Scythia

Approximate extent of Scythia within the area of distribution of Eastern Iranian languages (shown in orange) in the 1st century BC[1]

Scythia (UK: ə/, US: ə/;[2] Ancient Greek: Σκυθική, Skythikē) was a region of Central Eurasia in classical antiquity, occupied by the Eastern Iranian Scythians,[3][4][5] encompassing Central Asia and parts of Eastern Europe east of the Vistula River, with the eastern edges of the region vaguely defined by the Greeks. The Ancient Greeks gave the name Scythia (or Great Scythia) to all the lands north-east of Europe and the northern coast of the Black Sea.[6]

The Scythians – the Greeks' name for this initially nomadic people – inhabited Scythia from at least the 11th century BC to the 2nd century AD.[7] Its location and extent varied over time but usually extended farther to the west than is indicated on the map opposite.[8]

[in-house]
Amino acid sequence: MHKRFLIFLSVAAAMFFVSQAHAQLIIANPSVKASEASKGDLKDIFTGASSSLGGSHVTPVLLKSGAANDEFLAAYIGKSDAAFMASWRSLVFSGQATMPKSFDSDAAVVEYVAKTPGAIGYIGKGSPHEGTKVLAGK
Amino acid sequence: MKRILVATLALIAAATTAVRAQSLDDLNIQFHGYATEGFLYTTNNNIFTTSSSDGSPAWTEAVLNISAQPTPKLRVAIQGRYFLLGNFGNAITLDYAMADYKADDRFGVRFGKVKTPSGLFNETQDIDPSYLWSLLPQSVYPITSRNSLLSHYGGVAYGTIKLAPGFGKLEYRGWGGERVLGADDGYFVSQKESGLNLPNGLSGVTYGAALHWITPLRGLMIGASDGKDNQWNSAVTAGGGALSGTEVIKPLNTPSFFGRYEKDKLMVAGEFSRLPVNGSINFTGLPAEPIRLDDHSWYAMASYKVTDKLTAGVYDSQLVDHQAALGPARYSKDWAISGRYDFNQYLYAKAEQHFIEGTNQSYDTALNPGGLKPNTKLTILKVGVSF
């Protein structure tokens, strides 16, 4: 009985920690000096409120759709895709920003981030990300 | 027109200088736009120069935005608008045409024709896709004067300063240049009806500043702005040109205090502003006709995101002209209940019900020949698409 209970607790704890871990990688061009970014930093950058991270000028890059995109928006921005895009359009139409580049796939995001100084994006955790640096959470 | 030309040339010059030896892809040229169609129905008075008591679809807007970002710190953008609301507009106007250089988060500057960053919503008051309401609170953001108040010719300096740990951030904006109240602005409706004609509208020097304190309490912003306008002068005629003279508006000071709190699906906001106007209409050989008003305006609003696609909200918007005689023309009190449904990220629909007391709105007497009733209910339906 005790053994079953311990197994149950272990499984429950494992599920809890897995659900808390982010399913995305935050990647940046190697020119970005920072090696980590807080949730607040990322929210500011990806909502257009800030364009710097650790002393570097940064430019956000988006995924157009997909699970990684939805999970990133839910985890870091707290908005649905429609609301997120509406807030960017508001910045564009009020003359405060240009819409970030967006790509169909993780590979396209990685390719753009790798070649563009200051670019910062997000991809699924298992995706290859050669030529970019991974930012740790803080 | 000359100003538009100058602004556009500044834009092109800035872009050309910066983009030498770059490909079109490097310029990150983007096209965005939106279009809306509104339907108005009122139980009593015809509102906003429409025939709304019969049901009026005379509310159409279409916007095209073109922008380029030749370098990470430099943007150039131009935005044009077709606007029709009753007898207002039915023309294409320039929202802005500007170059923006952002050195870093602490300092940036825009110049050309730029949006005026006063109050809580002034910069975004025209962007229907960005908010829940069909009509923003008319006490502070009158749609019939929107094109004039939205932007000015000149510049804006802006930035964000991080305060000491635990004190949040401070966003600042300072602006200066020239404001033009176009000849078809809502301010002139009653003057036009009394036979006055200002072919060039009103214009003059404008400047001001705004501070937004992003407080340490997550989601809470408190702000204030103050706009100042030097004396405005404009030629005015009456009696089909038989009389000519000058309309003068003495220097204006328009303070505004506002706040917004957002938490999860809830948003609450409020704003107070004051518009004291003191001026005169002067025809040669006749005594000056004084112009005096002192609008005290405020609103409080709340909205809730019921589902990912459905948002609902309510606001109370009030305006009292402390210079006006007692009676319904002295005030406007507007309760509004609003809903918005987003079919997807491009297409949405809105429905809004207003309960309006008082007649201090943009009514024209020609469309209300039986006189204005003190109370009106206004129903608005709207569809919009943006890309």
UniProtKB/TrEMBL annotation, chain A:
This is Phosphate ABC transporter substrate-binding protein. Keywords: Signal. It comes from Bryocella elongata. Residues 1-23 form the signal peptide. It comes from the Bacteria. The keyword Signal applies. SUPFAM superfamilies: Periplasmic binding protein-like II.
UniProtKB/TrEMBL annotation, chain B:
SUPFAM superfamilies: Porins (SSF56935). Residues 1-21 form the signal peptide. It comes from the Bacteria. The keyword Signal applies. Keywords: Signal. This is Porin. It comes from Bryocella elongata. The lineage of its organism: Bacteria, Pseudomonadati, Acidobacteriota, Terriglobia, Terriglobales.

Scythia was a loose nomadic empire that originated as early as 8th century BC. Little is known of them and their rulers. The most detailed western description is by Herodotus, though it is uncertain he ever went to Scythia. He says the Scythians' own name for themselves was "Scoloti".[9] The Scythians became increasingly settled and wealthy on their western frontier with Greco-Roman civilization.

Geography

The region known to classical authors as Scythia included:

Other Languages
አማርኛ: እስኩቴስ
العربية: سكيثيا
aragonés: Scitia
asturianu: Escitia
Bân-lâm-gú: Scythia
беларуская: Скіфія
български: Скития
Cymraeg: Scythia
Ελληνικά: Σκυθία
español: Escitia
Esperanto: Skitio
euskara: Eszitia
فارسی: سکائستان
français: Scythie
한국어: 스키티아
Bahasa Indonesia: Skithia
Ирон: Скифи
italiano: Scizia
Latina: Scythia
latviešu: Skitija
Bahasa Melayu: Scythia
Nederlands: Scythië
norsk: Skytia
norsk nynorsk: Skytia
polski: Scytia
português: Cítia
română: Sciția
русский: Скифия
sicilianu: Scizzia
српски / srpski: Скитија
srpskohrvatski / српскохрватски: Skitija
suomi: Skyytia
svenska: Skytien
татарча/tatarça: Скифия
українська: Скіфія
Tiếng Việt: Scythia
中文: 斯基提亞
Lingua Franca Nova: Scitia